The Covid-19 pandemic has led city governments to rethink their approaches to economic development. Lithuania’s capital Vilnius has found its strategy that creating an innovative environment of technology-enabled industries has paid off.

Remigijus Šimašius, the mayor of Vilnius, explains how the city has fostered collaboration and grown its biotechnology sector.

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Q: How have you found the challenges of the past year?

A: It was a challenge, especially a year ago when there was a lack of equipment for finding Covid-19, but now we are managing it quite smoothly. For us, it was a little bit easier than for other cities worldwide, because we were much more digitised than the majority of our counterparts. Before the pandemic, we provided our citizens with a total 95 services online — now we have 100% digitised services.

Last year was also very inspiring. I have my own understanding of how the city should be run in terms of how we should empower people, cooperate and open up opportunities. This was all on the ground before, but during the crisis this was even more important. 

We were not only planning how to close businesses down, but also how to open them up during summer last year. This was very successful, as Vilnius was set up to be like an open cafe across the city. When we look at the change of population in Vilnius, we were growing at around 1% annually until last year, when we grew by around 2%. When other people were leaving cities to go to the countryside or smaller towns, we actually gained more people. 

Q: What role does the life sciences sector play in your plans for the city?

A: It is one of the key sectors when we think about the future economy. We always name fintech and optoelectronics as leading areas, but biotech is already a major player in our economy, accounting for 2% of national gross domestic product. Around 90% of all biotech companies in Lithuania are concentrated in Vilnius. All of these companies have acquired or merged with companies established by local scientists as spin-offs from the university.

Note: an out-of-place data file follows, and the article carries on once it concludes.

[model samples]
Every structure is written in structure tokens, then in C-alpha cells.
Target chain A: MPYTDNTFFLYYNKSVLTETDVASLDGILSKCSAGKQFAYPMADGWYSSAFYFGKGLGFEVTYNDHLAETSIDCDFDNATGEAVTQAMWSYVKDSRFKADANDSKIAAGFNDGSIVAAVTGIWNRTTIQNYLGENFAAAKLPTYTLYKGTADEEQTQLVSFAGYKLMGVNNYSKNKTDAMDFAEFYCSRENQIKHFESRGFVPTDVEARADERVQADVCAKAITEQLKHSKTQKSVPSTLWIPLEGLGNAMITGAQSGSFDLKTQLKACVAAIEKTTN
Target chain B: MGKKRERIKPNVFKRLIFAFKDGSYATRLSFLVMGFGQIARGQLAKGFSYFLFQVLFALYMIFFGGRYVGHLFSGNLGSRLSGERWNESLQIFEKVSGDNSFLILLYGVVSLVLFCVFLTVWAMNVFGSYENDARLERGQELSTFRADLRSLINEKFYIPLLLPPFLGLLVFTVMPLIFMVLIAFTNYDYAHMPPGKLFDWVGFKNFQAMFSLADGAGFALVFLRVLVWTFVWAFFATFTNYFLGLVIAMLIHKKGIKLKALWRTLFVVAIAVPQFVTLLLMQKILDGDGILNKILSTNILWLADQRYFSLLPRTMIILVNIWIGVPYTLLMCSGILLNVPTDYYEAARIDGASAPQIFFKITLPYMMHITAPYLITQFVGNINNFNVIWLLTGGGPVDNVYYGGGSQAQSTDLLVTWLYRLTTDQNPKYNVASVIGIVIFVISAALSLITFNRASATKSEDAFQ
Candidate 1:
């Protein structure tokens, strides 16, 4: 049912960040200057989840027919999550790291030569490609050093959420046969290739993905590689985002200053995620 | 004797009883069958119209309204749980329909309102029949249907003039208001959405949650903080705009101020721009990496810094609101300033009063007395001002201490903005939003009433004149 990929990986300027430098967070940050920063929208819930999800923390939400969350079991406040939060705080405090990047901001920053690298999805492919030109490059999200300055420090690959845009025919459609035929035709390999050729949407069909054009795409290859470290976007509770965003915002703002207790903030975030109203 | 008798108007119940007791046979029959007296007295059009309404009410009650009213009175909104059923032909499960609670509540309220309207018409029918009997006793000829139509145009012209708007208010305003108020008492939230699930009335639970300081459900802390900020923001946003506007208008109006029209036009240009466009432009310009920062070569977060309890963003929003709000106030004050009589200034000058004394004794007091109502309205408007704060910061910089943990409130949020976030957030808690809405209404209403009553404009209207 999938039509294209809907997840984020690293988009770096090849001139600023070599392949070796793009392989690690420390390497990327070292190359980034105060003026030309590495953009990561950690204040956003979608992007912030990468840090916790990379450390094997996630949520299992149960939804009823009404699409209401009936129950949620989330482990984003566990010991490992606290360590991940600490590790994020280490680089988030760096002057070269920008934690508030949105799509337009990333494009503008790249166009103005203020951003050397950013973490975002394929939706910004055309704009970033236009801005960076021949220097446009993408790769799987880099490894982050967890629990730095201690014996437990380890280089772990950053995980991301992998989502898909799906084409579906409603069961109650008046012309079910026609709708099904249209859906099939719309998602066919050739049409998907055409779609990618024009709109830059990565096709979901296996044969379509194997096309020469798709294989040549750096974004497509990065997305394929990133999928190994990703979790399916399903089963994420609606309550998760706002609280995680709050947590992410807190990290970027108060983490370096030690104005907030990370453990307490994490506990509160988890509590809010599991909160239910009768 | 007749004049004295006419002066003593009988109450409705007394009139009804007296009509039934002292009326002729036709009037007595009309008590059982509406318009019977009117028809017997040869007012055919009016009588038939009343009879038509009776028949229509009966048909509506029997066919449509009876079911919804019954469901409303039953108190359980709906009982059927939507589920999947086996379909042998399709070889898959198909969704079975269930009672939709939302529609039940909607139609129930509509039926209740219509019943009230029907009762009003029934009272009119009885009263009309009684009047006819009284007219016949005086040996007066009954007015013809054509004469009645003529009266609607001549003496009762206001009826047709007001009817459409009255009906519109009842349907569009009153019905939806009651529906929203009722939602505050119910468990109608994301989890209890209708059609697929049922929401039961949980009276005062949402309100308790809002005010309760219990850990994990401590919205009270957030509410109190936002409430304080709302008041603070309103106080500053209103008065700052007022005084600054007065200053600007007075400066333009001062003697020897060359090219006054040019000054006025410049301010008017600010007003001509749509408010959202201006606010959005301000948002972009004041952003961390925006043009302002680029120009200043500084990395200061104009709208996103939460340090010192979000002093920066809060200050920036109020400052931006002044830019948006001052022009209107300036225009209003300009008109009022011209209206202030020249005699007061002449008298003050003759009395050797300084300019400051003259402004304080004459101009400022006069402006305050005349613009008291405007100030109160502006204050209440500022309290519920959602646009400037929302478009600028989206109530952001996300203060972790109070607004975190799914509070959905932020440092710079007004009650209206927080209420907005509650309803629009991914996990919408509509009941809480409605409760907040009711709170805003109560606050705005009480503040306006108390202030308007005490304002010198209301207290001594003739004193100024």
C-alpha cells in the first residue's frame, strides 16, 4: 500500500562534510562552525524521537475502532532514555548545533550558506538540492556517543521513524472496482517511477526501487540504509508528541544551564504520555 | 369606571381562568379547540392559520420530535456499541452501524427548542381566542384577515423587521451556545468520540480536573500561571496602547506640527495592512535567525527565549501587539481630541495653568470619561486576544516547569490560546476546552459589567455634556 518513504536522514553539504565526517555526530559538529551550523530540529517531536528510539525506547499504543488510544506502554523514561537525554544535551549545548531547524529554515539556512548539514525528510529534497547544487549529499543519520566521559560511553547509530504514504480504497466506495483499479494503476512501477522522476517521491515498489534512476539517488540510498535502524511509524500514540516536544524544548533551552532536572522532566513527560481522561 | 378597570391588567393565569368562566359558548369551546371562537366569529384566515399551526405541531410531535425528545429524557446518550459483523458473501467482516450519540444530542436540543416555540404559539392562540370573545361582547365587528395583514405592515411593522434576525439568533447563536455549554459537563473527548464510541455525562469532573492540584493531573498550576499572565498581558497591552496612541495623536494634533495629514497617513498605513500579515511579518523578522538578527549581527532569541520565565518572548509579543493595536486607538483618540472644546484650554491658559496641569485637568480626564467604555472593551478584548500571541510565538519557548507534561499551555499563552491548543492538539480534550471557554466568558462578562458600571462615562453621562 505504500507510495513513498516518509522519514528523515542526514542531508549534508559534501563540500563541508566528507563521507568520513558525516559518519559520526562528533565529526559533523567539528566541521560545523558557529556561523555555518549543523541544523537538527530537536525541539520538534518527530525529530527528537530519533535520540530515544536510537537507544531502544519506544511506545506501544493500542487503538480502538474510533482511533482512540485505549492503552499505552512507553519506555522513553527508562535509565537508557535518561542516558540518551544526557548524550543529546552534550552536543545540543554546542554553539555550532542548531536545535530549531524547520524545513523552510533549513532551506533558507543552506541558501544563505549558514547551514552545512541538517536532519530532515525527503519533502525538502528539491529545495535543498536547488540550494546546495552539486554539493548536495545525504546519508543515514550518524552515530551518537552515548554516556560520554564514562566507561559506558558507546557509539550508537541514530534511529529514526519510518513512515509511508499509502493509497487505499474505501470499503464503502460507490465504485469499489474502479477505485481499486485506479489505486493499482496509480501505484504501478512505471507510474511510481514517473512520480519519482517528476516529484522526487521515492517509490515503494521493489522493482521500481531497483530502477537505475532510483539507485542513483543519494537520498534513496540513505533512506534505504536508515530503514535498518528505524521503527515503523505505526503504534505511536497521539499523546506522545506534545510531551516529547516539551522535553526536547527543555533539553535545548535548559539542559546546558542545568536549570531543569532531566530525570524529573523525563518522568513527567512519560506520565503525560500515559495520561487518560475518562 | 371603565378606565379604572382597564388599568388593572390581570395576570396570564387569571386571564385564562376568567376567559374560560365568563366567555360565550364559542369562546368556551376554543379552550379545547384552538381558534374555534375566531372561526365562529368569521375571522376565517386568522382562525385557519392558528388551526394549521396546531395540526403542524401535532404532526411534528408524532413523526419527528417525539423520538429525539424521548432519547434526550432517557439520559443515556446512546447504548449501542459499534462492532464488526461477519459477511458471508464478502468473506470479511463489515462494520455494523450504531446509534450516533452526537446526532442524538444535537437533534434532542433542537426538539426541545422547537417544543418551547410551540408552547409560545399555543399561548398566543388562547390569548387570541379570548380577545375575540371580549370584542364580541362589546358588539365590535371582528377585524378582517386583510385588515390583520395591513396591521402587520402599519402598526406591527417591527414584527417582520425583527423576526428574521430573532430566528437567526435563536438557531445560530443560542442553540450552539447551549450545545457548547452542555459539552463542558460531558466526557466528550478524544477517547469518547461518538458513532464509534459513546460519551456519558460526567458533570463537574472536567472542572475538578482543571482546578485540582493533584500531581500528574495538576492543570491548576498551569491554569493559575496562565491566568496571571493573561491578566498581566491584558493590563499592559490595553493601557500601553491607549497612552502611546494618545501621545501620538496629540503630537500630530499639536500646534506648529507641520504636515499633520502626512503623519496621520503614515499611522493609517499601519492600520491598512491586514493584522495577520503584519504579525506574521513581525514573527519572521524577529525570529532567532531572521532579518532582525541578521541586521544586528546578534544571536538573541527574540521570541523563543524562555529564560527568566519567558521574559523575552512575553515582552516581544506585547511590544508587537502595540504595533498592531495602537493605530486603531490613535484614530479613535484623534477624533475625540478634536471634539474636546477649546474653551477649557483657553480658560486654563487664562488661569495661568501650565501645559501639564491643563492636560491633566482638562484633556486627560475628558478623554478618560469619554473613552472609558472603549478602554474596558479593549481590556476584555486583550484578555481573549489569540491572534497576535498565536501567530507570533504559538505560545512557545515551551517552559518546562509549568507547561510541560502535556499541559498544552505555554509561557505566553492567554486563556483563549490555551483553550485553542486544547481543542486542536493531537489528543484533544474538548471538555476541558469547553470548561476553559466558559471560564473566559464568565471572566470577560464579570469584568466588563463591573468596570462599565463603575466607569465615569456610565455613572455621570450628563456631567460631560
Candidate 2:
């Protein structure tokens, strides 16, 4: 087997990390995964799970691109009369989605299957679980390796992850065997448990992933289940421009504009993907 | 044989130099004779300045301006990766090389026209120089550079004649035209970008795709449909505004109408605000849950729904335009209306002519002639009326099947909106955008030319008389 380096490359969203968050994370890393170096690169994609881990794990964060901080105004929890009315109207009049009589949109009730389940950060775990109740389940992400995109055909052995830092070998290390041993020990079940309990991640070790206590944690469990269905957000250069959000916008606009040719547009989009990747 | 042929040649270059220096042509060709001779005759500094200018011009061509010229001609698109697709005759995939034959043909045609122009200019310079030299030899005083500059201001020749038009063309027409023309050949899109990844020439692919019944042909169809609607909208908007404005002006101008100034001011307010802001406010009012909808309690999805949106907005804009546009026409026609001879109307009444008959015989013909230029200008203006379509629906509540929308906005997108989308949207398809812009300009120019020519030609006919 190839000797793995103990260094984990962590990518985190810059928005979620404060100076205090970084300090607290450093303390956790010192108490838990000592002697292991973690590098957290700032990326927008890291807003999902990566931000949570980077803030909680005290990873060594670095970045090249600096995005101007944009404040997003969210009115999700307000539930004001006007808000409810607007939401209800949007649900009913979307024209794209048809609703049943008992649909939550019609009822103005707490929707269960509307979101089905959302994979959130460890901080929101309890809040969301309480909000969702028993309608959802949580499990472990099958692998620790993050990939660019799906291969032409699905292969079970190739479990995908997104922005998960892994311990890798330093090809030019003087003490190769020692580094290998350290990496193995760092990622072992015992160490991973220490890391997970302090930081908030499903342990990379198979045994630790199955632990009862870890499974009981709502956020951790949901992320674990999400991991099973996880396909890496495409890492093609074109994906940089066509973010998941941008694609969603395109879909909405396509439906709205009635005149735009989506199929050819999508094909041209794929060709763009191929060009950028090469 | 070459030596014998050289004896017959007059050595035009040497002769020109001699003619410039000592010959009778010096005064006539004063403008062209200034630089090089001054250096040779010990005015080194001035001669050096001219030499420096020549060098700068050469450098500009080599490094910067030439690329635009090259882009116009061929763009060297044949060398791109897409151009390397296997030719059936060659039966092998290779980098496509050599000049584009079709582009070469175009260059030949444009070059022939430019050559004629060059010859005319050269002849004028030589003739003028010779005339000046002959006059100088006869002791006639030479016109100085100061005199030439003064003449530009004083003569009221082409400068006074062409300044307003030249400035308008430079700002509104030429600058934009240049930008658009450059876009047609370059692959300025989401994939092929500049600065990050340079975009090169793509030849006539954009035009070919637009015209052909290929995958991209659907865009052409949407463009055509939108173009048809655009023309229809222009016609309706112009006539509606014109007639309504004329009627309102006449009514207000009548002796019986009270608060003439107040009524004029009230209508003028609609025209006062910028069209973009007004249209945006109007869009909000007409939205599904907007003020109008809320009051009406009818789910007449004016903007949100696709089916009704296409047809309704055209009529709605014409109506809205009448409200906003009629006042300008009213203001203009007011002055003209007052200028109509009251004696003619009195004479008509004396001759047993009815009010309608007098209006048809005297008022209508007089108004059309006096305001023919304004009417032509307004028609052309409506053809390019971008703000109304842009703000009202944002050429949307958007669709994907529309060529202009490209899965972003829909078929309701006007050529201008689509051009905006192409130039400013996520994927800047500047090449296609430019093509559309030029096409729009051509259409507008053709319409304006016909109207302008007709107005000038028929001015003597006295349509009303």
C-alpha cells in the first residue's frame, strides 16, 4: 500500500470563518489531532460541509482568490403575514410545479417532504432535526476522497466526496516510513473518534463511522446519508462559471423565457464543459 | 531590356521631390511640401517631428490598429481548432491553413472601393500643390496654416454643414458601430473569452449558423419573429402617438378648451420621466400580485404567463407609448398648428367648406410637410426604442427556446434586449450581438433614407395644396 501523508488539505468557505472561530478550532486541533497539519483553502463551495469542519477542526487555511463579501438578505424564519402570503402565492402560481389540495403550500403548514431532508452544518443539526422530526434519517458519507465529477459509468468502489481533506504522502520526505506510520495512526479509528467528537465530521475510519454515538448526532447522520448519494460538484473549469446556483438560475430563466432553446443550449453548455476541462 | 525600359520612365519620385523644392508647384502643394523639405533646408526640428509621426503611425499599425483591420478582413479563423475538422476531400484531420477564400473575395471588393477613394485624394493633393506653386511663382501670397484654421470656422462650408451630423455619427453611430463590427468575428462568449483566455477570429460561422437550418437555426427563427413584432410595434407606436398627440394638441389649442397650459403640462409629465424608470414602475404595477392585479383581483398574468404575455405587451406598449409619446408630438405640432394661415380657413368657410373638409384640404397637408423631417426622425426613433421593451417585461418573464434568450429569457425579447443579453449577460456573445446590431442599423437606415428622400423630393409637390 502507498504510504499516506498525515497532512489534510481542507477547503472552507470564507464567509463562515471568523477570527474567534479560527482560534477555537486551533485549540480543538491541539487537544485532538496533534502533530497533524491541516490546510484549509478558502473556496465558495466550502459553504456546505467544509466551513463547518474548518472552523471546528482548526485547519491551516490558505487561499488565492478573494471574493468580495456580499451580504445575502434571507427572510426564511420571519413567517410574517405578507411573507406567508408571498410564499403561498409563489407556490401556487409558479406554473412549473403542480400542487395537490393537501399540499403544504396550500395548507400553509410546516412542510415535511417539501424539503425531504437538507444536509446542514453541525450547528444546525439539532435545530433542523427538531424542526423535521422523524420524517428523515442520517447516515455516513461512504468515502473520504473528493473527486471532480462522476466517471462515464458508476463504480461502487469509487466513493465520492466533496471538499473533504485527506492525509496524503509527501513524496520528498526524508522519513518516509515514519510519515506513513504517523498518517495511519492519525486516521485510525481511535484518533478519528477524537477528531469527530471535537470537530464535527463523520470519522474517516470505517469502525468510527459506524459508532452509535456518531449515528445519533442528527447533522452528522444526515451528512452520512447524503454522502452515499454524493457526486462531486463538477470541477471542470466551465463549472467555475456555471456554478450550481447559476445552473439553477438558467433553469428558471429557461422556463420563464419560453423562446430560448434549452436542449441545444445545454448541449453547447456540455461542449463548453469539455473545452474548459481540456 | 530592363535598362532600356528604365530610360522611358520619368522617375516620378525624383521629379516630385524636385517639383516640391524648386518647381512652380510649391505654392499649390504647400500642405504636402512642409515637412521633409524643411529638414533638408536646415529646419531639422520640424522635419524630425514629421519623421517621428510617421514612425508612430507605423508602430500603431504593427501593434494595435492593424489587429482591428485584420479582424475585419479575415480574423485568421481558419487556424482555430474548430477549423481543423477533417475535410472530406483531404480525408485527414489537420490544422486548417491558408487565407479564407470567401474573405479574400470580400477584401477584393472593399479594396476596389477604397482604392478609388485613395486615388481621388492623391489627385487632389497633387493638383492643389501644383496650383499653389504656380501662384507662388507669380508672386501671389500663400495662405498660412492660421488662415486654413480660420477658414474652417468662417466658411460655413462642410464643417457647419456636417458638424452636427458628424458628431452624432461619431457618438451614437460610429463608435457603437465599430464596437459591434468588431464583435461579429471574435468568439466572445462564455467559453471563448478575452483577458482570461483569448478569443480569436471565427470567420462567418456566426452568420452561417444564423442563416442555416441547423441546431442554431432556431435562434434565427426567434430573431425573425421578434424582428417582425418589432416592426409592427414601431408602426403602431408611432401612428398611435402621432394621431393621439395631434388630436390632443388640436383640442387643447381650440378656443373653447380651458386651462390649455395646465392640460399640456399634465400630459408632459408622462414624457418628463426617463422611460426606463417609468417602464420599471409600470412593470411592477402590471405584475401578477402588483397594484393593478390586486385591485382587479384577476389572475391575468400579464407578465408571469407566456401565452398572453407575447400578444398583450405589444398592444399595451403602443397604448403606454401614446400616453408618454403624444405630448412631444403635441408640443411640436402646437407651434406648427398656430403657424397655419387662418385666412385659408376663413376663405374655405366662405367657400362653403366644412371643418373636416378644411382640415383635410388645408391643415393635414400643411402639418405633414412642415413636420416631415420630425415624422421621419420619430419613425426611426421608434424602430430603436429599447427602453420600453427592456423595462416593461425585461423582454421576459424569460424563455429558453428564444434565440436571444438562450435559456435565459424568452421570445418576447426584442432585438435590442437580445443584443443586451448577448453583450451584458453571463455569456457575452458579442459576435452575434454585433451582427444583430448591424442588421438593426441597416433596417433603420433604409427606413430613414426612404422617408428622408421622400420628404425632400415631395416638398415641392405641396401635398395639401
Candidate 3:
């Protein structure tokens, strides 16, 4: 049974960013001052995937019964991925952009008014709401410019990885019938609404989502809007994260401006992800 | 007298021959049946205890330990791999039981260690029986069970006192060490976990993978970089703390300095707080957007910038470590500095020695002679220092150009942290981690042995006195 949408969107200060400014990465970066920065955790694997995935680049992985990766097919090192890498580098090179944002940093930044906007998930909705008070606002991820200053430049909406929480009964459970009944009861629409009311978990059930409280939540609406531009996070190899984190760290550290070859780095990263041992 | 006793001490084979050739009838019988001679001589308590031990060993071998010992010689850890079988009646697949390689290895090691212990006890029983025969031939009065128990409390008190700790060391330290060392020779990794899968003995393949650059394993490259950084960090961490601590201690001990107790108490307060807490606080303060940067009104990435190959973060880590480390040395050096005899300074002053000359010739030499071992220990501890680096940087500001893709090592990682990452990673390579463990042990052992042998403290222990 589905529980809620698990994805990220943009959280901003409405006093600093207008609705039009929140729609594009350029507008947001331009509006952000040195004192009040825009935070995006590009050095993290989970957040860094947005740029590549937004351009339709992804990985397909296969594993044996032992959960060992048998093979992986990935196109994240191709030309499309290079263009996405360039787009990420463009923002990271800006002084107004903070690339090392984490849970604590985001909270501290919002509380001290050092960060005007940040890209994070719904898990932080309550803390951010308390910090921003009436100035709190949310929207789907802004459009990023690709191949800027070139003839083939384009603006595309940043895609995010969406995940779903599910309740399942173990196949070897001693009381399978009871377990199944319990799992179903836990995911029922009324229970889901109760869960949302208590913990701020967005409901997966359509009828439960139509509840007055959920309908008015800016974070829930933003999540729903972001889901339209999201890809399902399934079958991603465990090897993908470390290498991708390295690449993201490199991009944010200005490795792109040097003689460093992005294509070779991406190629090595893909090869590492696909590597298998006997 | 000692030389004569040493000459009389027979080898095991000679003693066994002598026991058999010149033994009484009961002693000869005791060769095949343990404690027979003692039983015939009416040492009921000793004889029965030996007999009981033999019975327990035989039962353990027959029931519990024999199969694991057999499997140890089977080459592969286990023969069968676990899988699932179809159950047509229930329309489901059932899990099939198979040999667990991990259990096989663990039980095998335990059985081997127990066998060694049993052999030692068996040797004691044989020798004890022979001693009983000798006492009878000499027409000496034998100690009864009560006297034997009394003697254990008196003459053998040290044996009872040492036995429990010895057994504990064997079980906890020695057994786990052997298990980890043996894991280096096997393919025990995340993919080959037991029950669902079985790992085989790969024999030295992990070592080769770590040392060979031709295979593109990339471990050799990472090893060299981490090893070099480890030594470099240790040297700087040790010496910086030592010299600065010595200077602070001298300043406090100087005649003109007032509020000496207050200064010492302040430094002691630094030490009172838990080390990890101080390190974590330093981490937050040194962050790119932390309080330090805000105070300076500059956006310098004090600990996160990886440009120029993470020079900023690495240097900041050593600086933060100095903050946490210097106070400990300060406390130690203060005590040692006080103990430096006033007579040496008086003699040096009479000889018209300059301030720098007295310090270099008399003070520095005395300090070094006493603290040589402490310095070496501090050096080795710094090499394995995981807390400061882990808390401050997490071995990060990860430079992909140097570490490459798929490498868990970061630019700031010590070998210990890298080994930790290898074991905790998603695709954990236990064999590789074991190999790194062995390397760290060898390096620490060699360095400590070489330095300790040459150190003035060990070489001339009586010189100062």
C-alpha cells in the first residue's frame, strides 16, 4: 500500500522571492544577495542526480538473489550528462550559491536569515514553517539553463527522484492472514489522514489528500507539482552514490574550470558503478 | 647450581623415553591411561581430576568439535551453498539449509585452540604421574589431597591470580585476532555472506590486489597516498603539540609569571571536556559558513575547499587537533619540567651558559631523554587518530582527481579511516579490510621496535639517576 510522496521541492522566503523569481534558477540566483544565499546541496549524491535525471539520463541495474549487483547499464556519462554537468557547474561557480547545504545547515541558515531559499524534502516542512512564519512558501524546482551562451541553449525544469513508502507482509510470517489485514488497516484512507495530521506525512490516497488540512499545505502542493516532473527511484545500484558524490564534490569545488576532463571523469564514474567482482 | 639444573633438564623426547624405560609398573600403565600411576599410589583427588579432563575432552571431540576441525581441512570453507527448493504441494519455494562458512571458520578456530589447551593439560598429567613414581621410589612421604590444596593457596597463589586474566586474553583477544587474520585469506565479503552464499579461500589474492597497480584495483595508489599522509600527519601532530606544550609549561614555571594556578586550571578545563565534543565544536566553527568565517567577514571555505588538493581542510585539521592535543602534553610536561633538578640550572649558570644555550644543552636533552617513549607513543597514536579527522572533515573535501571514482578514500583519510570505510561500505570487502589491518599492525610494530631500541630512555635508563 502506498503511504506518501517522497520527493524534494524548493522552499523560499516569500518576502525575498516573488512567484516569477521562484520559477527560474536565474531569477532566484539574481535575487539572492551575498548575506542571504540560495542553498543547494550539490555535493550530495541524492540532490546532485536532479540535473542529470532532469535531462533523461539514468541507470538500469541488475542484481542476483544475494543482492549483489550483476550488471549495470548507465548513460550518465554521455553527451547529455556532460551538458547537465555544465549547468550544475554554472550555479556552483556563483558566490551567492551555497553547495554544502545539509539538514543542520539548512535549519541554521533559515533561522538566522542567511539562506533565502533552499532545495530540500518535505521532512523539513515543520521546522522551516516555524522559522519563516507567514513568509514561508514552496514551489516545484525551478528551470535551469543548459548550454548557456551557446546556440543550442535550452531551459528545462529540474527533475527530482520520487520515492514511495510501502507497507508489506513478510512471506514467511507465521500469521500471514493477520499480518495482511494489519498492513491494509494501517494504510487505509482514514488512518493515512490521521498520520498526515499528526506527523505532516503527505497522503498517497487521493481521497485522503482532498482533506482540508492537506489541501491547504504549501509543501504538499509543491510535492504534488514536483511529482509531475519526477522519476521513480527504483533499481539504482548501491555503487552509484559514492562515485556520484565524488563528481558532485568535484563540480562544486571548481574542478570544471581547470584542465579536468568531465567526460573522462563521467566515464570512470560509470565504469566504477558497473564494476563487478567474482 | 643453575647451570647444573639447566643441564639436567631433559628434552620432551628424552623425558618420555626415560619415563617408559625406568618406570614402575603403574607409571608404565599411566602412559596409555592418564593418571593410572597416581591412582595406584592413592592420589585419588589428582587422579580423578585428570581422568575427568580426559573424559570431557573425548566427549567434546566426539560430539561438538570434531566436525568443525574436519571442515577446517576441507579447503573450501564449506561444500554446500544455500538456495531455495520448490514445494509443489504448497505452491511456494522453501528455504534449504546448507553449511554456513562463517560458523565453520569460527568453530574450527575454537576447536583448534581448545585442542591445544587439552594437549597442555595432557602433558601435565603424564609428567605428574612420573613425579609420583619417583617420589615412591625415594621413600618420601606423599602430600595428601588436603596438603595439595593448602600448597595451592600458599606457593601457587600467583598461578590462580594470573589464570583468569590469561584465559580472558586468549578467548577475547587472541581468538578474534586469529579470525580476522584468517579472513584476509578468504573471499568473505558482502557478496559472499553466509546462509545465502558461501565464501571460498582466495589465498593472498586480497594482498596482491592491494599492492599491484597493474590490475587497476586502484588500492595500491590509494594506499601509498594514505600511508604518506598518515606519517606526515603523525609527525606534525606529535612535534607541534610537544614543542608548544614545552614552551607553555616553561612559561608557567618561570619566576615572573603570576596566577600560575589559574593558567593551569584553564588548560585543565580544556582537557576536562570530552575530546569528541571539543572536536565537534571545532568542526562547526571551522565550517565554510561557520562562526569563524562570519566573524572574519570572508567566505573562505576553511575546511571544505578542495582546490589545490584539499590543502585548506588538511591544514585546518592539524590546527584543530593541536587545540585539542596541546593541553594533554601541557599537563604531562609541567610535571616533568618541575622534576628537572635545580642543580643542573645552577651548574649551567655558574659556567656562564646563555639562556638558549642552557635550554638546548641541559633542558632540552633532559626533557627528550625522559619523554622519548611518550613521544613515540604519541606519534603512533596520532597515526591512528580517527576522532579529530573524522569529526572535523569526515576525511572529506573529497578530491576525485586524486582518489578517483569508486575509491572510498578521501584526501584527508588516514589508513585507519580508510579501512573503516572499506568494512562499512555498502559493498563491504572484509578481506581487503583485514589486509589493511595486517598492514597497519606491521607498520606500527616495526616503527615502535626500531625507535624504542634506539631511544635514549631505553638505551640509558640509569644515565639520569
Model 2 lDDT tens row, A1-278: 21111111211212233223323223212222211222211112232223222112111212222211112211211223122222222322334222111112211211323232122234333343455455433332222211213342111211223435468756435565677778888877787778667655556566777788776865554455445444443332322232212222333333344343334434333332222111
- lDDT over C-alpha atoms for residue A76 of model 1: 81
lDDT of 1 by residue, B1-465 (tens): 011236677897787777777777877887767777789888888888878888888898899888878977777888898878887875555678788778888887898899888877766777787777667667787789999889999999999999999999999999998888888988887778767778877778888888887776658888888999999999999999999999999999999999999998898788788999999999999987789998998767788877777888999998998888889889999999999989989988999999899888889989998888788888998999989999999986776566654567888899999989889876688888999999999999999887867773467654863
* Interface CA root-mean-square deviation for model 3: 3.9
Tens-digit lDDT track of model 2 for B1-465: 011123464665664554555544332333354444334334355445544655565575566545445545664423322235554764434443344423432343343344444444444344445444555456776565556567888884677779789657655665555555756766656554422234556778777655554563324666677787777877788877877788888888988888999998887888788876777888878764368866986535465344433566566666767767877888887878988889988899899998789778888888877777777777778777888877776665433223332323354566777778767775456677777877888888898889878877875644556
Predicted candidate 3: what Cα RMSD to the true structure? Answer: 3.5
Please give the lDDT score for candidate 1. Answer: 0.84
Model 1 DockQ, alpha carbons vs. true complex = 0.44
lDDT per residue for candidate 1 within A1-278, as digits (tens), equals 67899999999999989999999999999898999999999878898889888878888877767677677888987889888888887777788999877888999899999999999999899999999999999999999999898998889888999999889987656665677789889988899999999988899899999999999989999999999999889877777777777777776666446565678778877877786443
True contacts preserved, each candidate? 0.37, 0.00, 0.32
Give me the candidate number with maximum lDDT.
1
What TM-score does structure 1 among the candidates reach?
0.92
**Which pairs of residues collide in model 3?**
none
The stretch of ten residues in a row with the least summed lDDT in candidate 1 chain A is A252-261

We also have respected start-ups in this area. The sector is already very important, and now we are creating a new industrial park with a particular emphasis on biotechnology together with the university and businesses. The industrial park is already in action and several companies have invested — some of which are biotech start-ups. We are now in negotiations with several private companies to construct research facilities and production centres in this park, as well as with the university about how it will expand laboratories that will be essential for the start-ups. It looks very promising at this stage. 

Q: How are you elevating the next generation of scientists?

A: The important thing is how bright students are choosing their future careers, especially in high schools. As a city, we encourage children at secondary schools to choose both life sciences and related areas. I’m very glad that the number and quality of students entering university for chemistry, biotechnology and physics is increasing.

Four years ago, we started promoting sciences in secondary schools by introducing Fab Labs — a concept that romanticises science. This concept was created by the Massachusetts Institute of Technology (MIT), and the majority of Lithuanian schools now have this.

Q: How do you balance the promotion of science with other opportunities, such as fintech and optoelectronics?

A: We spoke last time about why these areas are more successful in Vilnius. Part of this is that during Soviet times, smart people did not want to choose economics, law or humanitarian science because these were ideologically positioned. 

The biotechnology sector in Vilnius is around 50 years old, so it’s been here from the beginning. This is the same as for optoelectronics. These sectors are not a new pop-up, but are spread across genders and age groups.

Q: How do you assess your efforts in the biotech sector?

A: The sector is growing, especially in the therapeutics space. We have big perspectives in both ‘white’ and ‘green’ biotechnology.

Thermo Fisher is the biggest player here; last year, we saw them build an additional 5000 square metre factory. This was done in less than four months, from scratch, which was very fast. We were very proud of that as they are contributing to the production of vaccines on a large scale through the supply of essential components.

We have a vision and strategy as a city of being very open, collaborative and forward looking. During the crisis and this period of change, this strategy is always more successful than being conservative, closed and sticking to the mechanisms that worked before.

Remigijus Šimašius is the mayor of Vilnius, Lithuania. 

In association with NorthTown Vilnius. Writing and editing were carried out independently by fDi Intelligence.